Master Course Description for EE-205 (ABET sheet)

Title: Introduction to Signal Conditioning

Credits: 4

UW Course Catalog Description

Coordinator: Alexander Mamishev, Professor, Electrical and Computer Engineering

Goals: To introduce basic electrical engineering concepts used in the connection of sensors to digital systems, acting as a first course in Electrical Engineering for non-EE majors. To learn the basic elements of circuits, including wires, resistors, capacitors, inductors, independent and dependent voltage and current sources, and operational amplifiers. To prepare students to deal with sensor I/O in digital system courses.

Learning Objectives: At the end of this course, students will be able to:

  1. Describe the role of signal conditioning in digital systems.
  2. Design voltage divider circuits to attenuate voltage signals for digital input.
  3. Design simple op amp circuits to amplify sensor outputs, including saturation and slew rate considerations.
  4. Describe techniques to deal with noisy sensors.
  5. Design simple high pass and low pass passive and active filters.
  6. Acquire and analyze analog signals in Matlab.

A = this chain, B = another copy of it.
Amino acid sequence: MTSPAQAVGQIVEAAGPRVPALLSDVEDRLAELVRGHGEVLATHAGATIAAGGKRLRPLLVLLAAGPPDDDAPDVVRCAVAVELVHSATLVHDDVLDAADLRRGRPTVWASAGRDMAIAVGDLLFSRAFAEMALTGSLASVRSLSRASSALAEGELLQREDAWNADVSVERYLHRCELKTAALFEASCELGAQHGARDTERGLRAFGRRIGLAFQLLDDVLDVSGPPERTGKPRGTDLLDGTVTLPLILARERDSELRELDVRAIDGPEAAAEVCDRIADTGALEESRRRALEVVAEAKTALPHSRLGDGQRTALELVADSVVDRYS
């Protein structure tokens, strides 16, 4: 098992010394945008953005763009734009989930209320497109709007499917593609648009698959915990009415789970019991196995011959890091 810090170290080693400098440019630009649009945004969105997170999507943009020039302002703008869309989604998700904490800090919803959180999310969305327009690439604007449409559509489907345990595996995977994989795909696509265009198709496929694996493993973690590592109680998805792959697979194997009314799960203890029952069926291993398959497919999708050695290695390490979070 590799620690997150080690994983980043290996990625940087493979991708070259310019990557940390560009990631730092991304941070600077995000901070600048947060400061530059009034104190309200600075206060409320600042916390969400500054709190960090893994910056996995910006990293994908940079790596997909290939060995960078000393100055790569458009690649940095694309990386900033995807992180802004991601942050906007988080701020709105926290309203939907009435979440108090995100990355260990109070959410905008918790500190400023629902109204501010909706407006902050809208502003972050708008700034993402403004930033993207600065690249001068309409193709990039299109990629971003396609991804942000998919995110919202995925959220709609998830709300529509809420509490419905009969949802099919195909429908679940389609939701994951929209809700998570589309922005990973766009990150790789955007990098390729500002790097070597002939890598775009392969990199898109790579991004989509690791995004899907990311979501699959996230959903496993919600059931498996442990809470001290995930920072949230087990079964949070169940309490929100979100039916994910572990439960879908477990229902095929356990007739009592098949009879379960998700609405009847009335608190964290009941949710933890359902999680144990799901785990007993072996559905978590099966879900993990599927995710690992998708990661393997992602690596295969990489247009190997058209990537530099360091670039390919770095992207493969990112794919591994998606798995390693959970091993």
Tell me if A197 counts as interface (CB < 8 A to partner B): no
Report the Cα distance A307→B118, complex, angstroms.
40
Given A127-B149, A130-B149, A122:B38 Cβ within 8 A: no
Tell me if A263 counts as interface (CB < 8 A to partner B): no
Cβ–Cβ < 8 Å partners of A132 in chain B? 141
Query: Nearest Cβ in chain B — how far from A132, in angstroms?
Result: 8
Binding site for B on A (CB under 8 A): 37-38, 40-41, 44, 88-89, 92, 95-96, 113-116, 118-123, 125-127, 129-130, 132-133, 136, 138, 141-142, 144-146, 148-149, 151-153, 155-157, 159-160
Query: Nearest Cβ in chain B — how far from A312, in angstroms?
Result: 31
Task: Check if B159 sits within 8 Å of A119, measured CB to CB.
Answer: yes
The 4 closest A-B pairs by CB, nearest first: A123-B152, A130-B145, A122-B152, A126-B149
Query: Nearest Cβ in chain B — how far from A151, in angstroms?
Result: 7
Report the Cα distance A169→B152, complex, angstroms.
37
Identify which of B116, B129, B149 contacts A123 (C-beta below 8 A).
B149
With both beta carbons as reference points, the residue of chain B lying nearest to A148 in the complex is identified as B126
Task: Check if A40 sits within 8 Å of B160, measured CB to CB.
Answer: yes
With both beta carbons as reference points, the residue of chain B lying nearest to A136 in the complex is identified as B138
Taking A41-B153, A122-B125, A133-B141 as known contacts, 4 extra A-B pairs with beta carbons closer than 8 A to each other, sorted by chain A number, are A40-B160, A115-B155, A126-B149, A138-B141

7. Analyze simple circuits using PSpice.
  8. Determine the sample rates necessary for signals with specific frequency content and describe the effects of improper sample rates.
  9. Design anti-aliasing filters.
  10. Explain analog transmission line effects on digital signals.
  11. Design terminations for digital signal lines.
  12. Describe the importance of isolation.
  13. Design isolation methods.
  14. Sketch a simple control system block diagram and explain its basic operation.

Textbook: Horowitz and Hill, The Art of Electronics, 3rd Ed., Cambridge University Press, 2015, ISBN-13:  978-0521809269.

Reference Texts:

  1. Pallas-Areny and Webster, Sensors and Signal Conditioning, 2nd Ed., John Wiley & Sons, 2001.
  2. Hayes and Horowitz, Learning the Art of Electronics: A Hands-On Lab Course, 2016, ISBN-13:  978-0521177238.
  3. Nilsson and Riedel, Electric Circuits, 11th Ed., Prentice Hall, 2011.

Prerequisites by Topic:

  1. Fundamental physics (PHYS 122), including concepts of power, energy, force, electric current, and electric fields
  2. Fundamental mathematics (MATH 126), trigonometric and (complex) exponential functions, introductory differential and integral calculus, first and second order linear differential equations


  1. Sensors, signals, A/D conversion, signal conditioning paradigm, voltage, current.
  2. Attenuation, Ohm's Law, resistance, voltage divider, resistor precision, power dissipation.
  3. Amplification, ideal op amps, inverting amplifier, non-inverting amplifier, saturation, slew rate, bandwidth, impedance matching.
  4. Strain gauges, noise, frequency domain, filtering, FFT, low pass passive filter design, PSpice.
  5. High pass passive filters, phase angle, active filters.
  6. Aliasing, Nyquist limit, anti-aliasing filters, sample and hold.
  7. Digital signals and transmission lines; attenuation, ringing, termination, cross talk.